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Semanotus russicus (Fabricius, 1777)







POLYPHAGA Emery, 1886

CHRYSOMELOIDEA Latreille, 1802

CERAMBYCIDAE Latreille, 1802

CERAMBYCINAE Latreille, 1802

CALLIDIINI Kirby, 1837

Semanotus Mulsant, 1839

Although not native to the UK Semanotus russicus is a widespread Palaearctic species with a rather patchy distribution; it occurs in Austria, Bulgaria, Croatia, Hungary, Serbia, Slovakia, Romania, Greece, Turkey, Iran, Syria, Lebanon, Ukraine and Crimea and there are also populations in central Asia. Two subspecies are recognized: S. russicus algiricus Pic. from North Africa, and S. russicus persicus Solsky from Iran. The North American species S. ligneus (Fab.) is closely similar and may be conspecific although the allopatric nature of the distribution - neither occurs in eastern Russia or Siberia - would suggest otherwise. Semanotus russicus has occurred on several occasions in the UK and it may now be established in Berkshire where it was found developing among damaged wood in a mature conifer hedge in 2007. This discovery is the basis of the species’ inclusion in the British list. A previous record from a Warwickshire nursery was also from a hedging conifer, Cupressus x leylandii,  that was known to have been imported from Italy. Known host plants include Cedrus spp. (Pinaceae), Cupressus and, the main host, Juniperus (both Cupressaceae). In Europe the adults occur very early in the year; February, March or April and seek out moribund or drought stressed trees. Larvae feed under bark on branches or trunks and enter the xylem during the summer to pupate after one or two years of development. Damage inflicted by the larvae causes swelling to the local area and the death of the branch above the attack. Pupation occurs in the xylem where the emerged adult will spend the winter before emerging early in the year.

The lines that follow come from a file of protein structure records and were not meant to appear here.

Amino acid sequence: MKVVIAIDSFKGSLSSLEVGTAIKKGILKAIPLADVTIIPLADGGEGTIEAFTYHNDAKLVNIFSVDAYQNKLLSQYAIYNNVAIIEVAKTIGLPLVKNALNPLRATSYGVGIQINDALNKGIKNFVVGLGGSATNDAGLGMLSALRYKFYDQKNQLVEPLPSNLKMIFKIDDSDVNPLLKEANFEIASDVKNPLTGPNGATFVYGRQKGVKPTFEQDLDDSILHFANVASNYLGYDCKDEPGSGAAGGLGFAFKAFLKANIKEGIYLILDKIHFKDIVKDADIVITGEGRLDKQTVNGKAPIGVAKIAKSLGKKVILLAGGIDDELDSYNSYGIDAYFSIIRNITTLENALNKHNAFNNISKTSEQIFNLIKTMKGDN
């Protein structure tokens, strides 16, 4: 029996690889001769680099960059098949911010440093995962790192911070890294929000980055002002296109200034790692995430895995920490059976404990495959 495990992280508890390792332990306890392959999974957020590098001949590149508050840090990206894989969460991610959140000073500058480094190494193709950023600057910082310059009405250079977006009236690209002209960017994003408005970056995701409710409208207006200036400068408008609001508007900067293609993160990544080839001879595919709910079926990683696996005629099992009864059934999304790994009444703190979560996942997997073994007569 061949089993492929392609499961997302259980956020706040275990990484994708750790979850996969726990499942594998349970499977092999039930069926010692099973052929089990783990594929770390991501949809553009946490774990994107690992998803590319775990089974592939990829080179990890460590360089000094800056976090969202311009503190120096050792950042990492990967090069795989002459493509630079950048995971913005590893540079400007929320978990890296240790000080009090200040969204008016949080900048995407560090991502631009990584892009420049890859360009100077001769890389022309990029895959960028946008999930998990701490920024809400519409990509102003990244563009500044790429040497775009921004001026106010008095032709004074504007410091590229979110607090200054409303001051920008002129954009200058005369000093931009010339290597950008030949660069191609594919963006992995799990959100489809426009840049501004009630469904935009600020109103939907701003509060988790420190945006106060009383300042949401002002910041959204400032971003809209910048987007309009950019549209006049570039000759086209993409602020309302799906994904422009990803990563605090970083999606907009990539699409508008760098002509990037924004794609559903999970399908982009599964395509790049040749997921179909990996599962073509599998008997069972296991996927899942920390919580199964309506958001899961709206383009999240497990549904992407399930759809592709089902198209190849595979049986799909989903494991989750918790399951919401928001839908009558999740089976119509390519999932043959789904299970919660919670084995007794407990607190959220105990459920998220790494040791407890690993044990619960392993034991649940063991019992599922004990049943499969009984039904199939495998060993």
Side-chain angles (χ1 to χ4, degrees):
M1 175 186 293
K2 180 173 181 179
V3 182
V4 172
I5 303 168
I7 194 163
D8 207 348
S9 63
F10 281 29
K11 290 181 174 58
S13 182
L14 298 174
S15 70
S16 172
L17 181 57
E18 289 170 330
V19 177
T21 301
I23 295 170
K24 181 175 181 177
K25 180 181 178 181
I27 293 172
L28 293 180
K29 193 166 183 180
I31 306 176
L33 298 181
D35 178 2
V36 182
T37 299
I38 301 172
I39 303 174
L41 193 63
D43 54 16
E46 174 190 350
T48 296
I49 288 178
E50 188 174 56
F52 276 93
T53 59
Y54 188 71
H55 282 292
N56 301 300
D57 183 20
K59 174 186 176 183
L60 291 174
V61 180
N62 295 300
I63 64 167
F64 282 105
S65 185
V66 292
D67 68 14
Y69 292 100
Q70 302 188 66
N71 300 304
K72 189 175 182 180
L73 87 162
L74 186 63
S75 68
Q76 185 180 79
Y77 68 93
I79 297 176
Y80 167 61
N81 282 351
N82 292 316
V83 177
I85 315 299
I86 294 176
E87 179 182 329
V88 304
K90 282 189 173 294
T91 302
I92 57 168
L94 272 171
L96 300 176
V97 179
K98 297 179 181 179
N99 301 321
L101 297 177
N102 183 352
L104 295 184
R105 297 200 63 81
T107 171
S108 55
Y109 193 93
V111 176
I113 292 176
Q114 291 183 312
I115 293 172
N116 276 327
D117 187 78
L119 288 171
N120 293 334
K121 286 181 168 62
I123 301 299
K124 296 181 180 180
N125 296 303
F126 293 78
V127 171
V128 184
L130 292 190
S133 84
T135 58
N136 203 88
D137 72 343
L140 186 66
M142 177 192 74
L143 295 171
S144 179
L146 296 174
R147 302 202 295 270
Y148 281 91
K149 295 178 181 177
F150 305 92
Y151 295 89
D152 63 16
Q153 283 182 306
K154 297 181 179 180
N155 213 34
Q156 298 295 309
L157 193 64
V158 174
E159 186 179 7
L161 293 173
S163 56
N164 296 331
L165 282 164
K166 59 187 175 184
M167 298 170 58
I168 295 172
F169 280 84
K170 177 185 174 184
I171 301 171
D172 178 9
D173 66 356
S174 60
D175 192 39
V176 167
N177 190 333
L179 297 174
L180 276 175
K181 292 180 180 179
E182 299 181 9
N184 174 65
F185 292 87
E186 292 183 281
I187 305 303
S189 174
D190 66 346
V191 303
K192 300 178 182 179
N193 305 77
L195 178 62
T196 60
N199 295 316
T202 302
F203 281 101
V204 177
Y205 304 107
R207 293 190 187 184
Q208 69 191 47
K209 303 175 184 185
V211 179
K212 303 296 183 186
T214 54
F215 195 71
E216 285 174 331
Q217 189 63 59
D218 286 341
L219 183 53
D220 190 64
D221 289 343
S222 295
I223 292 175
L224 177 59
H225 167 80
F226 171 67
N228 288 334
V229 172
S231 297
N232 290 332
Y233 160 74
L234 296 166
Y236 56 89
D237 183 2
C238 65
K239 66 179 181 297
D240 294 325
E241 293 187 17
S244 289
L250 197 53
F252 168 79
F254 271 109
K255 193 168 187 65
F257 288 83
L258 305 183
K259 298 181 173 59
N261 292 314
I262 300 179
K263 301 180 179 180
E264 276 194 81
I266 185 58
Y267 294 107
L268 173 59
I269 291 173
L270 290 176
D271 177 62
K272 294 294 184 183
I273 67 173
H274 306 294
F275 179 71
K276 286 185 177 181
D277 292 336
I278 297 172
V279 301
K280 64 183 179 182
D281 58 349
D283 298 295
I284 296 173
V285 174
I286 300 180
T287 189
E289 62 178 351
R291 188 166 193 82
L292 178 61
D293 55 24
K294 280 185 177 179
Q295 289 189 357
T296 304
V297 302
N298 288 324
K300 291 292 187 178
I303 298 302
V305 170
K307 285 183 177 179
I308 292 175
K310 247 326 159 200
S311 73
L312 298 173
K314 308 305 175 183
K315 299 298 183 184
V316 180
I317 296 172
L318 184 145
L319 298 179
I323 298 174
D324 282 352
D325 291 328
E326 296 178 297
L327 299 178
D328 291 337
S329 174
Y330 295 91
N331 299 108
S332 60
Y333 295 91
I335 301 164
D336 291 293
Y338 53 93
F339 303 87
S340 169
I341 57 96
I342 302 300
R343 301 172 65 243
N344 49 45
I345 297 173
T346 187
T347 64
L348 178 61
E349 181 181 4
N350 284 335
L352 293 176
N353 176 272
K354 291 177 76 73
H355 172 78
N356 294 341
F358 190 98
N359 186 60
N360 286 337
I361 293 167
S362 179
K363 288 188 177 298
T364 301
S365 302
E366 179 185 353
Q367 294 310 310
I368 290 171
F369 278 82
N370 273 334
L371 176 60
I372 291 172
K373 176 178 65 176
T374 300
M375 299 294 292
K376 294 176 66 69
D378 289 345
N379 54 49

Semanotus russicus 1

Semanotus russicus 1

Of a characteristic appearance and not likely to be confused with any other species. Body and appendages black but for the tarsi and the distal antennal segments brown or red. Antennae entirely pubescent. Longer in male, last four segments especially so. Head shiny and densely punctured, with a variable raised, shiny area towards base. Mandibles pointing forward and prominent. Eyes crescent shaped around the posterior margin of the antennal insertions. Pronotum not bordered laterally, broadest in front of middle and evenly rounded to front margin, contracted and sinuate to rear. Basal margin bordered and with a comb of very fine grey pubescence. Surface strongly and deeply punctured, with a symmetrical pattern of raised shiny areas that are almost impunctate, on disc.  Head, pronotum and first antennal segment with dense , long and erect pubescence. Scutellum black. Elytral puncturation random; moderately strong and close.  Entire surface with fine recumbent pubescence and with long erect pubescence across the base and along the suture almost to apex. Sutural margins divergent from apical third to apex, apices separately rounded. Femora weakly clavate. Tibial margins smooth, each with a weakly incurved fine spine on inner side at apex.

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